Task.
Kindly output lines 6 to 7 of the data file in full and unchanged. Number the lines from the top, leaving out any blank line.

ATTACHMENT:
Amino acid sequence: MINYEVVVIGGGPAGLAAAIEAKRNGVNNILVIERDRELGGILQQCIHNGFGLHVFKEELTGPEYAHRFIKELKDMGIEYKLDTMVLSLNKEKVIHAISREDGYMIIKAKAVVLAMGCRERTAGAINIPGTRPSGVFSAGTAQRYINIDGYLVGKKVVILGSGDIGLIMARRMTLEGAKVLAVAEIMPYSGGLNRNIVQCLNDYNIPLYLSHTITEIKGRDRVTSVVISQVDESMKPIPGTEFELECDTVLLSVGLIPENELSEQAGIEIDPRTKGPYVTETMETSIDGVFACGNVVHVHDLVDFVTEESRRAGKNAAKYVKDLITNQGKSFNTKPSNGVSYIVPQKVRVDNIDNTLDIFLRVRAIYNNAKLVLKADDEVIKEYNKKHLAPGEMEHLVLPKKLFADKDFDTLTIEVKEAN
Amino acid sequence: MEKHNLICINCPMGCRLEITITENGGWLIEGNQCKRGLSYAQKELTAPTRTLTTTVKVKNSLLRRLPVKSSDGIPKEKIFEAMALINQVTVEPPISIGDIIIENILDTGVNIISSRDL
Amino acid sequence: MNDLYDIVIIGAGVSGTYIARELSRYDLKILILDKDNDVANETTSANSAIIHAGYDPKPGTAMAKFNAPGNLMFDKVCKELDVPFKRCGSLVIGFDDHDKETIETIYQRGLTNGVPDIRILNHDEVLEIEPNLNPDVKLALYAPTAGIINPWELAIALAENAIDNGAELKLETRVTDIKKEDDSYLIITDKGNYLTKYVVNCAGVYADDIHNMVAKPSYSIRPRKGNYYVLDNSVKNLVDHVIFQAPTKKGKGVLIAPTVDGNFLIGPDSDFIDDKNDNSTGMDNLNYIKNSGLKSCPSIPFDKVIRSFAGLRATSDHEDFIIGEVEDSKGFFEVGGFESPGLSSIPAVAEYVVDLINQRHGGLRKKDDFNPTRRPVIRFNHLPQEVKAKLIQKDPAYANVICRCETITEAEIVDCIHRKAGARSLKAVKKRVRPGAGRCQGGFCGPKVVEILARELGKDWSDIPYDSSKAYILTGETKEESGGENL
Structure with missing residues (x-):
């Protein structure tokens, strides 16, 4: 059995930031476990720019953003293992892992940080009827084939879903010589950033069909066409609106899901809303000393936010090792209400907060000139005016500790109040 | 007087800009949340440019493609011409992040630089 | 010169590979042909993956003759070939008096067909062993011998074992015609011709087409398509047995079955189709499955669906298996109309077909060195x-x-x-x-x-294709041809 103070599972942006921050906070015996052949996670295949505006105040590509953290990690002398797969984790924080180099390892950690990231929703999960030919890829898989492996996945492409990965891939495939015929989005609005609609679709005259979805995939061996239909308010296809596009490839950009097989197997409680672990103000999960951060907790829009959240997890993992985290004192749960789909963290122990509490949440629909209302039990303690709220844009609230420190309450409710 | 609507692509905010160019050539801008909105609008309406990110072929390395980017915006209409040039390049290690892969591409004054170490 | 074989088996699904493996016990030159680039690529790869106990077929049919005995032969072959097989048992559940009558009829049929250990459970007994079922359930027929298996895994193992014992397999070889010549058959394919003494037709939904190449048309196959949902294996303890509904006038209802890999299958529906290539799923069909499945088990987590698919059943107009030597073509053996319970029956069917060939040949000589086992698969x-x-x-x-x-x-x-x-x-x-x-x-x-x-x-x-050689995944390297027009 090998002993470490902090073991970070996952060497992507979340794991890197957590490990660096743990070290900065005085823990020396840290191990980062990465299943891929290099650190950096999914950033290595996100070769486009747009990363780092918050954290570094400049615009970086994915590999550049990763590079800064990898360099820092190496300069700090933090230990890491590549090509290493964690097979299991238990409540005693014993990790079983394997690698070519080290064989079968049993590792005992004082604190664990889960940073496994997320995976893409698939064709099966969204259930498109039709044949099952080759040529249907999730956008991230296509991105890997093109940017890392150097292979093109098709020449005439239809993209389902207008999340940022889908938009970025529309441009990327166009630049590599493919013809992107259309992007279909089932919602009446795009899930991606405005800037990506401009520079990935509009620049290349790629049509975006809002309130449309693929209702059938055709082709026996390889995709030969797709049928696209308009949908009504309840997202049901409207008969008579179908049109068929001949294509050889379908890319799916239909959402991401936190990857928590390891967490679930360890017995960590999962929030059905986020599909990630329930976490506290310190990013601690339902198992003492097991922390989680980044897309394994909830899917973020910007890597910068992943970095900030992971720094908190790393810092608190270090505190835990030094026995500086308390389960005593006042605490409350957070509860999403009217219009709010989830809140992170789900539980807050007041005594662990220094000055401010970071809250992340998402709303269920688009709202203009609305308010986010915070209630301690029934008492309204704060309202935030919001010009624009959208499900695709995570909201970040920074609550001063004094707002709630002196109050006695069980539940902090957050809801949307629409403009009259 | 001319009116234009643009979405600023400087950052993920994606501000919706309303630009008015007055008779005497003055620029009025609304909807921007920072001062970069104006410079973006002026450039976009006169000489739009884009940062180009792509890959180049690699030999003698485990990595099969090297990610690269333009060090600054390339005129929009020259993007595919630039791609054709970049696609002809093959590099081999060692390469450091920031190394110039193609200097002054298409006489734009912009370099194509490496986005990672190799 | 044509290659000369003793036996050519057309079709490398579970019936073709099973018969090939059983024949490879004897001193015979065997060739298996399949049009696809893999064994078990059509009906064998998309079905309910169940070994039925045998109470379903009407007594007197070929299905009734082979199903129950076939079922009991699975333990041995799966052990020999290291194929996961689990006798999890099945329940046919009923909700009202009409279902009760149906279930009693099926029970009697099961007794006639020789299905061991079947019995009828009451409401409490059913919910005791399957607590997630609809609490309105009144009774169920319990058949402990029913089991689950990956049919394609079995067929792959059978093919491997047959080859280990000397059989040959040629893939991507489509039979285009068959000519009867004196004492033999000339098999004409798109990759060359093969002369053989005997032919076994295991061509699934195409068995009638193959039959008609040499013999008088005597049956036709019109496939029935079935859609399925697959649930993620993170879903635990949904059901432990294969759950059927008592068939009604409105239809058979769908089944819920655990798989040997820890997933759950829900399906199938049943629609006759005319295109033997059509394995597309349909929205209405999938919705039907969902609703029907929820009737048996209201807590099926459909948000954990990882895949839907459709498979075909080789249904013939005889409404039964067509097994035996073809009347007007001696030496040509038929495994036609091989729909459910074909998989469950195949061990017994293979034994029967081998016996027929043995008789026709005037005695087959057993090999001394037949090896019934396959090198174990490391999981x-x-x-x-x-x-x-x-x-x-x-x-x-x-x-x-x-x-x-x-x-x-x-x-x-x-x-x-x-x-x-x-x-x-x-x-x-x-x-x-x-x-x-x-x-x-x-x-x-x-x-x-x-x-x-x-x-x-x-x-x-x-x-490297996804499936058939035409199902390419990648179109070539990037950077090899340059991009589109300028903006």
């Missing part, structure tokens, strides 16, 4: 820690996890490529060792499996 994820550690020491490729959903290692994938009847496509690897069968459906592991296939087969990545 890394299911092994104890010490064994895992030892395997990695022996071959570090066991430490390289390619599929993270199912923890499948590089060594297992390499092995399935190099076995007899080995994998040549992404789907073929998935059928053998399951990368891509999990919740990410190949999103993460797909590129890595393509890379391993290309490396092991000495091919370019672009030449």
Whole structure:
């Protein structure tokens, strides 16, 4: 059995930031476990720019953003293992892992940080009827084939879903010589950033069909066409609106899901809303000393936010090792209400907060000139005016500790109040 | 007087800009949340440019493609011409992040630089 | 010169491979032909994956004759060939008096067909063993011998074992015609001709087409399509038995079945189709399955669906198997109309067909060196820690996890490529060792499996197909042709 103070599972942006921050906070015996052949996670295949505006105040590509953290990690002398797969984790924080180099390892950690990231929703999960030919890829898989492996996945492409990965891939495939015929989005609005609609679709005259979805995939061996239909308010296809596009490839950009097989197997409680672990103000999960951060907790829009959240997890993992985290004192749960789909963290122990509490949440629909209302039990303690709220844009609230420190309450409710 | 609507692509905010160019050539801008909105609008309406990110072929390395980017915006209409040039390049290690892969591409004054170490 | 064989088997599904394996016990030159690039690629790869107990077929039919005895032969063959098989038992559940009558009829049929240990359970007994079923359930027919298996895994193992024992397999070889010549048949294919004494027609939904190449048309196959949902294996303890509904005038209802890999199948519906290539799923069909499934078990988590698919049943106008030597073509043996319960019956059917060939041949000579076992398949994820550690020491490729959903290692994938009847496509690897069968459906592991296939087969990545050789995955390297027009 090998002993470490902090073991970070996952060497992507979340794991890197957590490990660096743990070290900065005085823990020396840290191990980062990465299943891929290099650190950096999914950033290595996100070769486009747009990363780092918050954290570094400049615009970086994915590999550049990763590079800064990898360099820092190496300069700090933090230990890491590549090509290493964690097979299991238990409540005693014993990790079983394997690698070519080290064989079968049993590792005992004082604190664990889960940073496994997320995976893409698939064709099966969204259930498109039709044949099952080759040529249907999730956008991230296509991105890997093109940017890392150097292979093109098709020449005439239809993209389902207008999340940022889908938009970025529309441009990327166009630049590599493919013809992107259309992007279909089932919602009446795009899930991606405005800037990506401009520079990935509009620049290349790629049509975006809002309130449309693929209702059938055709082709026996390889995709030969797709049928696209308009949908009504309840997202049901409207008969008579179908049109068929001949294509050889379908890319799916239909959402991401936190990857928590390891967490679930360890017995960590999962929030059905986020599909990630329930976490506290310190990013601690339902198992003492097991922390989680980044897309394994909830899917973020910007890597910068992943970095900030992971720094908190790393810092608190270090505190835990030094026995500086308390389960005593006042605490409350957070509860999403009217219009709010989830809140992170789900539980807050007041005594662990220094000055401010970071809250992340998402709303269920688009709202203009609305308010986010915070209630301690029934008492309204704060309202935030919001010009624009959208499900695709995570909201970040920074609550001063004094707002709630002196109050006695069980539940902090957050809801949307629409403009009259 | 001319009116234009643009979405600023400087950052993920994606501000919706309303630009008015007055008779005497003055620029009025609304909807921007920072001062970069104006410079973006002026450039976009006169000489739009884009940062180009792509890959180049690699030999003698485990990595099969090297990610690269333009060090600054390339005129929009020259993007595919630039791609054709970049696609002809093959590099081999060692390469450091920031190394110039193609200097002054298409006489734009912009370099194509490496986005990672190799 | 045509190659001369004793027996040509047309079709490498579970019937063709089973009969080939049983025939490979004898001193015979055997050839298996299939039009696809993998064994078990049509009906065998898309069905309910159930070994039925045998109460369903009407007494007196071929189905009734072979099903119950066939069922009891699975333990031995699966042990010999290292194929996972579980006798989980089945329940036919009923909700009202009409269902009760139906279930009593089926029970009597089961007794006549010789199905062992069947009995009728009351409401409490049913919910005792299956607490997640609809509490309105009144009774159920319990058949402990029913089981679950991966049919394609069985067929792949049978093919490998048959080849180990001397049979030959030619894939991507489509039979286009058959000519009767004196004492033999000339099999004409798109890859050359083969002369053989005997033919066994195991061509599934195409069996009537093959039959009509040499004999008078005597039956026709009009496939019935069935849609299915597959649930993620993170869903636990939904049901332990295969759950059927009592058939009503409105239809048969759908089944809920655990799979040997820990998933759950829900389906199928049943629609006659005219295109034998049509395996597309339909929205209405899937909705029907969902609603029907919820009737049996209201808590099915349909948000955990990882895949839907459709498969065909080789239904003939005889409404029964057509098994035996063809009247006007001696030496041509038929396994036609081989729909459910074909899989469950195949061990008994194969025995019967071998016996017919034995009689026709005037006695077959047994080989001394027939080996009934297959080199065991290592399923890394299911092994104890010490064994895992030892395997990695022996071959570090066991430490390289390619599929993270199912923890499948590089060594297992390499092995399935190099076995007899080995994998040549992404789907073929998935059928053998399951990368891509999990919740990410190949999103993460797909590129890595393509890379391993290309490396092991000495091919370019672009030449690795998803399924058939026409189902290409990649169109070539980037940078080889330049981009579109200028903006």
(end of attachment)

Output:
């Missing part, structure tokens, strides 16, 4: 820690996890490529060792499996 994820550690020491490729959903290692994938009847496509690897069968459906592991296939087969990545 890394299911092994104890010490064994895992030892395997990695022996071959570090066991430490390289390619599929993270199912923890499948590089060594297992390499092995399935190099076995007899080995994998040549992404789907073929998935059928053998399951990368891509999990919740990410190949999103993460797909590129890595393509890379391993290309490396092991000495091919370019672009030449």
Whole structure: